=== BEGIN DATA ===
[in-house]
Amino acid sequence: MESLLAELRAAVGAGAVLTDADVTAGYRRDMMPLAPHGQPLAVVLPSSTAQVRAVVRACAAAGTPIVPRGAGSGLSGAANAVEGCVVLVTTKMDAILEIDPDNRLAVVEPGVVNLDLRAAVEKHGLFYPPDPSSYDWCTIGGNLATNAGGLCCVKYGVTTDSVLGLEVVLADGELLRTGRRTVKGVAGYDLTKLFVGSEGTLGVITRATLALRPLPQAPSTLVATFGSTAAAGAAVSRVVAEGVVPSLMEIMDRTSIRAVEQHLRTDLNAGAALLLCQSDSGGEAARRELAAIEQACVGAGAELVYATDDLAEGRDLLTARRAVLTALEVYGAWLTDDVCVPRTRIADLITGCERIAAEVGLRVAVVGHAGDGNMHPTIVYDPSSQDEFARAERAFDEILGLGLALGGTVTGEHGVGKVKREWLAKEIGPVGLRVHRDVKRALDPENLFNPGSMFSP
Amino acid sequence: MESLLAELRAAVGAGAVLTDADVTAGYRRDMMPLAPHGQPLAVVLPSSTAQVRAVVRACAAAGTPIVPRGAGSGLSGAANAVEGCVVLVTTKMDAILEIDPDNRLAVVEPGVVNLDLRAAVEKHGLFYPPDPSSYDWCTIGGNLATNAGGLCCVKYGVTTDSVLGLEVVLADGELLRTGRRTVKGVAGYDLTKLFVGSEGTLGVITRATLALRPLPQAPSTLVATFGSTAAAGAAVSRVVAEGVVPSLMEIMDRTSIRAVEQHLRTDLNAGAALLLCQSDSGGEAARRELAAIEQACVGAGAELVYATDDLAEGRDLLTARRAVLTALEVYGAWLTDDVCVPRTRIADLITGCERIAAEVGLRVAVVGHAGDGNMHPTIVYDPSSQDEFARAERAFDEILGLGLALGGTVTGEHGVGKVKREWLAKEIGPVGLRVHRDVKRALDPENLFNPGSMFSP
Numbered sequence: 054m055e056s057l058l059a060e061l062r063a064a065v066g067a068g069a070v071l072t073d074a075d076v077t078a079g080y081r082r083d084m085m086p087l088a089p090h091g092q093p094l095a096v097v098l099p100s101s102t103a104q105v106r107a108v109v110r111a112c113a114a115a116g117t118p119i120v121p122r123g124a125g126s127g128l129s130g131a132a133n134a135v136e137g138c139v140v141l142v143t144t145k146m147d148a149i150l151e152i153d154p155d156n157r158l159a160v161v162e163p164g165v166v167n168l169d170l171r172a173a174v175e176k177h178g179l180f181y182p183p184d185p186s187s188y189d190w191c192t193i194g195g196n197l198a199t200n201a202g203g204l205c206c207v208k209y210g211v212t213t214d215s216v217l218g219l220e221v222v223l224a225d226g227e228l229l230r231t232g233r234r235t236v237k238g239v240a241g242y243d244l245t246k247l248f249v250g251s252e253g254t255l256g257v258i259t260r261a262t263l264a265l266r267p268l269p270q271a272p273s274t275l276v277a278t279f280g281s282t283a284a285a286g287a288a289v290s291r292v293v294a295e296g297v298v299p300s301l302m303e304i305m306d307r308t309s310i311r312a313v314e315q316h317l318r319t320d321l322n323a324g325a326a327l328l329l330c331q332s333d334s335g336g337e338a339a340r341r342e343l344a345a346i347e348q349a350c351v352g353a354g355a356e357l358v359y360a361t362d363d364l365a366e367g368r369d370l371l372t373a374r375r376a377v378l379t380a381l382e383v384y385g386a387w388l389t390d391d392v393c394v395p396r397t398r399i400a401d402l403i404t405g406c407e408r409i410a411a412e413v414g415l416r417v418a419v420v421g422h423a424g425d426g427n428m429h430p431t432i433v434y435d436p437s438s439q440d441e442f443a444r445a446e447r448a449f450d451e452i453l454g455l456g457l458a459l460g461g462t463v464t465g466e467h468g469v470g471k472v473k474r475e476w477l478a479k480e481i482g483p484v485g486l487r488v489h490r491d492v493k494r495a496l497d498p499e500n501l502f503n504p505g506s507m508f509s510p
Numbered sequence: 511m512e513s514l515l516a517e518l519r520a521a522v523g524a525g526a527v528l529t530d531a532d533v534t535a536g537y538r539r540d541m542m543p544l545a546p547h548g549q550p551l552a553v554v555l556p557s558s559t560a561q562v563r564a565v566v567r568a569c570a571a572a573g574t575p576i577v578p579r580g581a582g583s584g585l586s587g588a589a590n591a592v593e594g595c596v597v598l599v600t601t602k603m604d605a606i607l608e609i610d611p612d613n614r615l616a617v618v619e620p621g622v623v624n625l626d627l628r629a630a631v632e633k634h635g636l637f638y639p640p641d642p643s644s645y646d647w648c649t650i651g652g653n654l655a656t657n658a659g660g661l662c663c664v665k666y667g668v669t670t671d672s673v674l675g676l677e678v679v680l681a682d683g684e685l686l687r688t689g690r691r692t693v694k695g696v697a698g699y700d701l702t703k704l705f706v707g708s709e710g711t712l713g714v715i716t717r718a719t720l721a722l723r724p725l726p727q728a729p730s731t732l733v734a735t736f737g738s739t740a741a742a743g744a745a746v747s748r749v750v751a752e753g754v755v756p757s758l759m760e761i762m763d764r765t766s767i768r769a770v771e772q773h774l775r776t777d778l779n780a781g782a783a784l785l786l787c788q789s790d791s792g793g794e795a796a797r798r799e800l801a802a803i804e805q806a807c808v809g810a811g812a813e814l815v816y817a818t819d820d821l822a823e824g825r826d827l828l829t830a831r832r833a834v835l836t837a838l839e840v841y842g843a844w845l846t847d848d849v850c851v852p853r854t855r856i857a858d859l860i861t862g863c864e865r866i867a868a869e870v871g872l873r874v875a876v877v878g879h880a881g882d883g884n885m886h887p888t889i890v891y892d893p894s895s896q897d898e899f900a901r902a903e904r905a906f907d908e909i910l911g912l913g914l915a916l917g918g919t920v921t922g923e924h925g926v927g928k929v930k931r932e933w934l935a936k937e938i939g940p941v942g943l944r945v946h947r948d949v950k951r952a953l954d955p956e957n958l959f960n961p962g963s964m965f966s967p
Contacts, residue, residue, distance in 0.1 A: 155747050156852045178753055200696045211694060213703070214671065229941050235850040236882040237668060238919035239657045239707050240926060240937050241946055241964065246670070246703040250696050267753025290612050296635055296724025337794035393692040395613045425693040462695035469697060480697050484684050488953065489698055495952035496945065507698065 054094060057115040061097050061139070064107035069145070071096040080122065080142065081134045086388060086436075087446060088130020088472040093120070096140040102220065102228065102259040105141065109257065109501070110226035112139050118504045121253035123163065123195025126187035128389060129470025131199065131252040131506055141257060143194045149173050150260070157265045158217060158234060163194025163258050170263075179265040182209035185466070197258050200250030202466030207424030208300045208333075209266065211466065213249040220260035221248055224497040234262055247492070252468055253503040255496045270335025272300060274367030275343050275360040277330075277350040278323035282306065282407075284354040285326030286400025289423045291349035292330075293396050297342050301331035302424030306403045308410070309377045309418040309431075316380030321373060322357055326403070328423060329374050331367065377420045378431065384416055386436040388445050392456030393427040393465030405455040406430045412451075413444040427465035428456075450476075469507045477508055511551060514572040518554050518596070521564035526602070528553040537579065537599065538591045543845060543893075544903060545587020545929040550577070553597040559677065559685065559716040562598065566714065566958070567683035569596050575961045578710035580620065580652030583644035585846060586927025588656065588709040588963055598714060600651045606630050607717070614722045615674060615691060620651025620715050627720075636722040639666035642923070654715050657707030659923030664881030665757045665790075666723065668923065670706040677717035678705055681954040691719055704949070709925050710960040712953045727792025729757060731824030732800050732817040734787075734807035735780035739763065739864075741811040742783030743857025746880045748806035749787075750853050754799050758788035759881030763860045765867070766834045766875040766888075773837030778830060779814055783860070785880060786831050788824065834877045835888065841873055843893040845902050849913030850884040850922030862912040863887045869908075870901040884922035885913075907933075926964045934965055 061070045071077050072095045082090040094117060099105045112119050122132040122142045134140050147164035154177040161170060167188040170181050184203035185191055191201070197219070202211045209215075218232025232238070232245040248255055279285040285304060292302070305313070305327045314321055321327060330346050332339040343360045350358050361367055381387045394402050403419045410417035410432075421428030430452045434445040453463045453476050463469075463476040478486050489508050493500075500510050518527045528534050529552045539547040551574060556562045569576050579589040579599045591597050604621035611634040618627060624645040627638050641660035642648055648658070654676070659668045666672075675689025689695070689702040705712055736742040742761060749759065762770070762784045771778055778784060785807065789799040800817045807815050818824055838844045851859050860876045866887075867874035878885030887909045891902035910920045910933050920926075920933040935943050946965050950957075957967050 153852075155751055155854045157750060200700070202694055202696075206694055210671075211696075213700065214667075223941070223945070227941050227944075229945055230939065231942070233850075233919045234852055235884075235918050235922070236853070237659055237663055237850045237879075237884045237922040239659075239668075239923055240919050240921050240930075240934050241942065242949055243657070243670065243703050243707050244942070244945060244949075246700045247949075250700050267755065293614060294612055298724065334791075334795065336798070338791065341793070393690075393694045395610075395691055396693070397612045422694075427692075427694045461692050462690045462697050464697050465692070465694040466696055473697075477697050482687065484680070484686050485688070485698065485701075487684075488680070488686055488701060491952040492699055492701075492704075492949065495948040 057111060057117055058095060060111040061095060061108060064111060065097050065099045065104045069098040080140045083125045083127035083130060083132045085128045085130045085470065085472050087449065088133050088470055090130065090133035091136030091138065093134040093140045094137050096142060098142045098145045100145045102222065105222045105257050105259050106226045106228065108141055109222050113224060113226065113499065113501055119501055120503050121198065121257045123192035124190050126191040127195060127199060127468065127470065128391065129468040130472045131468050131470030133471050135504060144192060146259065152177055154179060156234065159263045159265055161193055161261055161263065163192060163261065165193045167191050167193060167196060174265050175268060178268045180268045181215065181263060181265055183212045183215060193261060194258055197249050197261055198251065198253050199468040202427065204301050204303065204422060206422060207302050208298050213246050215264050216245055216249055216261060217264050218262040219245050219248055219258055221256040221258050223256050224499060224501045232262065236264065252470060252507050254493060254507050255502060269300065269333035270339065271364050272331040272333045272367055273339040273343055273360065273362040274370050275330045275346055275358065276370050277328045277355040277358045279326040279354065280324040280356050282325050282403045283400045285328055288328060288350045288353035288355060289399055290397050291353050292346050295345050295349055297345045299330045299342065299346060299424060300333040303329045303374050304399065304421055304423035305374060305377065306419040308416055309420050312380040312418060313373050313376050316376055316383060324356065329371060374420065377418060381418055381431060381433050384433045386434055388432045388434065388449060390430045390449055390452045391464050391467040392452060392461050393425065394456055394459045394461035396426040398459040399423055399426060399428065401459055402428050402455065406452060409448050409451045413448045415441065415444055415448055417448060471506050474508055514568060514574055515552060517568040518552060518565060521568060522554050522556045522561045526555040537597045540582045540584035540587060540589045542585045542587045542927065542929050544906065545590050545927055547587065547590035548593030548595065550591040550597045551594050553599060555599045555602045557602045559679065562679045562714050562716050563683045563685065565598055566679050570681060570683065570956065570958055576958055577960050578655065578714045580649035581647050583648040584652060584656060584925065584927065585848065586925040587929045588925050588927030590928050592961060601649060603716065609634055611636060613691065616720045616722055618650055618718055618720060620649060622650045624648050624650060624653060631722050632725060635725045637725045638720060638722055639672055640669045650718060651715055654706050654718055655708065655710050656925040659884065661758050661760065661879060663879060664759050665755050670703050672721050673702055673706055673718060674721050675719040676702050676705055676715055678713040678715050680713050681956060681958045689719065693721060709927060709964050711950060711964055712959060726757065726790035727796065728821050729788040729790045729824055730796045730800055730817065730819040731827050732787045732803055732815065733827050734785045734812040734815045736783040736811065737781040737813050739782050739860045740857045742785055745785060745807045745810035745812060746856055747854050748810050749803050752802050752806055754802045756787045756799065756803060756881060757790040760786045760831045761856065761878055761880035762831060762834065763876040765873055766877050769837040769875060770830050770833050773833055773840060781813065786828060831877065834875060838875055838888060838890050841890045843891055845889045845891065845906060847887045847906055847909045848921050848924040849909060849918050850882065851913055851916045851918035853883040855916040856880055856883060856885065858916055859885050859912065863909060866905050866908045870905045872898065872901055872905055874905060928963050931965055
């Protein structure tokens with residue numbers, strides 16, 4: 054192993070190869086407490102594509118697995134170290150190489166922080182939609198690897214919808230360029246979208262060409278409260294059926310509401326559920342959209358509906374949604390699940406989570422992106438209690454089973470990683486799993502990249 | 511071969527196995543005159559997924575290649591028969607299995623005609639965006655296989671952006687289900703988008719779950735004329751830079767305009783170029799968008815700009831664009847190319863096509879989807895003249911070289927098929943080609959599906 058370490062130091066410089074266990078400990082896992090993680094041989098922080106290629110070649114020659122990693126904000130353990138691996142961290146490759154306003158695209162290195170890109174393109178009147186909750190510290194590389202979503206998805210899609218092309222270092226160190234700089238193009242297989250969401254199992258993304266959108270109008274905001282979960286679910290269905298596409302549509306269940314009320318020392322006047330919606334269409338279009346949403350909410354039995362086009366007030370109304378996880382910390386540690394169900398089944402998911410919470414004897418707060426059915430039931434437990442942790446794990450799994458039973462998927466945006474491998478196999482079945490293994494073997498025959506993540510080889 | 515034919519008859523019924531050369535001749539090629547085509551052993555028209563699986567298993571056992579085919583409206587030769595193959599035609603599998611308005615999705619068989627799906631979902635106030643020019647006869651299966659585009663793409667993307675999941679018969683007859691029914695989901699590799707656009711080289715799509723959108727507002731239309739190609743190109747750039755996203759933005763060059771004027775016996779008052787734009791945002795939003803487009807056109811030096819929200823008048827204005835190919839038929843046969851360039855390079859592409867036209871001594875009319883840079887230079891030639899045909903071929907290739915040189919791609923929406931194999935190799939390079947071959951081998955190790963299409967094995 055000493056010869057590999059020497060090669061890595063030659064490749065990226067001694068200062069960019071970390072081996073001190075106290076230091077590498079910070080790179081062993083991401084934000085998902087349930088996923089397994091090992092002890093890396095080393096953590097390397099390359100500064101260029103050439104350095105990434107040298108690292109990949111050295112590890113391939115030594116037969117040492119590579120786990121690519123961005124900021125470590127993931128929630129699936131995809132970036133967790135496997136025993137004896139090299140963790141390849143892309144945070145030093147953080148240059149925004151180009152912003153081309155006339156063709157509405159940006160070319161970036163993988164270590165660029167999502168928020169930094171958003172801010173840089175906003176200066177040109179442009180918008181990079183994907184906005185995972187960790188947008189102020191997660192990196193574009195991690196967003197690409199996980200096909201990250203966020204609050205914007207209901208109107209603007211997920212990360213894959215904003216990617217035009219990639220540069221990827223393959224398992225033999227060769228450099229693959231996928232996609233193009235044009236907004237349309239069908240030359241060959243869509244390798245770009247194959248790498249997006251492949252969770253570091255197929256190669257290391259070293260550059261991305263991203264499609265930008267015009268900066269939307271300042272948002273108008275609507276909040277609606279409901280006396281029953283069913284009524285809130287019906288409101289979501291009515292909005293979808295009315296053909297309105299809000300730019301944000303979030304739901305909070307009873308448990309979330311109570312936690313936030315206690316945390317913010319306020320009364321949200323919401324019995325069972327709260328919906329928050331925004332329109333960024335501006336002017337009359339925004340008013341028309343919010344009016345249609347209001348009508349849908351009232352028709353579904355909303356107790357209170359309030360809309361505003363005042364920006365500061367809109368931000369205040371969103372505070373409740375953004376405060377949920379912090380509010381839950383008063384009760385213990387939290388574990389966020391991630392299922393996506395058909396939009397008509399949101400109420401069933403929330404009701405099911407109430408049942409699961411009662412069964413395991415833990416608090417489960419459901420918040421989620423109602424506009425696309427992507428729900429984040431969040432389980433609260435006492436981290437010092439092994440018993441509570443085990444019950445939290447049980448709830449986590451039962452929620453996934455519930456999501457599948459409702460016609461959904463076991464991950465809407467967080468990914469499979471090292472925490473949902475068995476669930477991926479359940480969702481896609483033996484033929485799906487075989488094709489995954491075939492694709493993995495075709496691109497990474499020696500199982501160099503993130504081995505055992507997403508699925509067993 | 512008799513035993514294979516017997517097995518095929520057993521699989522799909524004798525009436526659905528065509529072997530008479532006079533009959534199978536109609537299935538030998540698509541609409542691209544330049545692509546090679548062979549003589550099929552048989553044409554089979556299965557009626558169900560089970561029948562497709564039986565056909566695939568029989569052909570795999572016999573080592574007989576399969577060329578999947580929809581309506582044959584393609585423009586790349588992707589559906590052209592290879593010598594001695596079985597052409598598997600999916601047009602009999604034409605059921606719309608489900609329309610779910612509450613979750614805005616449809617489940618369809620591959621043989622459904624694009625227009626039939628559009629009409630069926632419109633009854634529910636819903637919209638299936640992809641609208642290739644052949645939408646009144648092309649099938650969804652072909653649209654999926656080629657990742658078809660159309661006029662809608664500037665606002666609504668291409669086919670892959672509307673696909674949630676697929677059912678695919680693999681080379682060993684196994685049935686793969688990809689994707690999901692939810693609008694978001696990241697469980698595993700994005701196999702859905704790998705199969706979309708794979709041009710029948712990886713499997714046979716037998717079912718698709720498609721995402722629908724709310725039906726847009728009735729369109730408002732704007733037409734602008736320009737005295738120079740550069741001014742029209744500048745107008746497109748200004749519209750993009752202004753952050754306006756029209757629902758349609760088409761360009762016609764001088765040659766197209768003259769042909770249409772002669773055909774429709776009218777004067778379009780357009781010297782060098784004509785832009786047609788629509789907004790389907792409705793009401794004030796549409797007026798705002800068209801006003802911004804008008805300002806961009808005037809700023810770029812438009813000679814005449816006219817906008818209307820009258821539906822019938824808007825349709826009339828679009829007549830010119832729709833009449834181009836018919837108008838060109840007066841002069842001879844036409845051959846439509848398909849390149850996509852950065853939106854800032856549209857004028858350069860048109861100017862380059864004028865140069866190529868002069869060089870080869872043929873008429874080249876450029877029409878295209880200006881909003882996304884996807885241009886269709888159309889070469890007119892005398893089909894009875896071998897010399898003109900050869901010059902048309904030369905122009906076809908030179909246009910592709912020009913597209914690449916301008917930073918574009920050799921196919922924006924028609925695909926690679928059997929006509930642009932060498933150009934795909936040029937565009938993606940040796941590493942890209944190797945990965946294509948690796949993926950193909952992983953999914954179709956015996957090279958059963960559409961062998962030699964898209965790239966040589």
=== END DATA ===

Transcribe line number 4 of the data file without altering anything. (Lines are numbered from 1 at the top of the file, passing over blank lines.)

Numbered sequence: 054m055e056s057l058l059a060e061l062r063a064a065v066g067a068g069a070v071l072t073d074a075d076v077t078a079g080y081r082r083d084m085m086p087l088a089p090h091g092q093p094l095a096v097v098l099p100s101s102t103a104q105v106r107a108v109v110r111a112c113a114a115a116g117t118p119i120v121p122r123g124a125g126s127g128l129s130g131a132a133n134a135v136e137g138c139v140v141l142v143t144t145k146m147d148a149i150l151e152i153d154p155d156n157r158l159a160v161v162e163p164g165v166v167n168l169d170l171r172a173a174v175e176k177h178g179l180f181y182p183p184d185p186s187s188y189d190w191c192t193i194g195g196n197l198a199t200n201a202g203g204l205c206c207v208k209y210g211v212t213t214d215s216v217l218g219l220e221v222v223l224a225d226g227e228l229l230r231t232g233r234r235t236v237k238g239v240a241g242y243d244l245t246k247l248f249v250g251s252e253g254t255l256g257v258i259t260r261a262t263l264a265l266r267p268l269p270q271a272p273s274t275l276v277a278t279f280g281s282t283a284a285a286g287a288a289v290s291r292v293v294a295e296g297v298v299p300s301l302m303e304i305m306d307r308t309s310i311r312a313v314e315q316h317l318r319t320d321l322n323a324g325a326a327l328l329l330c331q332s333d334s335g336g337e338a339a340r341r342e343l344a345a346i347e348q349a350c351v352g353a354g355a356e357l358v359y360a361t362d363d364l365a366e367g368r369d370l371l372t373a374r375r376a377v378l379t380a381l382e383v384y385g386a387w388l389t390d391d392v393c394v395p396r397t398r399i400a401d402l403i404t405g406c407e408r409i410a411a412e413v414g415l416r417v418a419v420v421g422h423a424g425d426g427n428m429h430p431t432i433v434y435d436p437s438s439q440d441e442f443a444r445a446e447r448a449f450d451e452i453l454g455l456g457l458a459l460g461g462t463v464t465g466e467h468g469v470g471k472v473k474r475e476w477l478a479k480e481i482g483p484v485g486l487r488v489h490r491d492v493k494r495a496l497d498p499e500n501l502f503n504p505g506s507m508f509s510p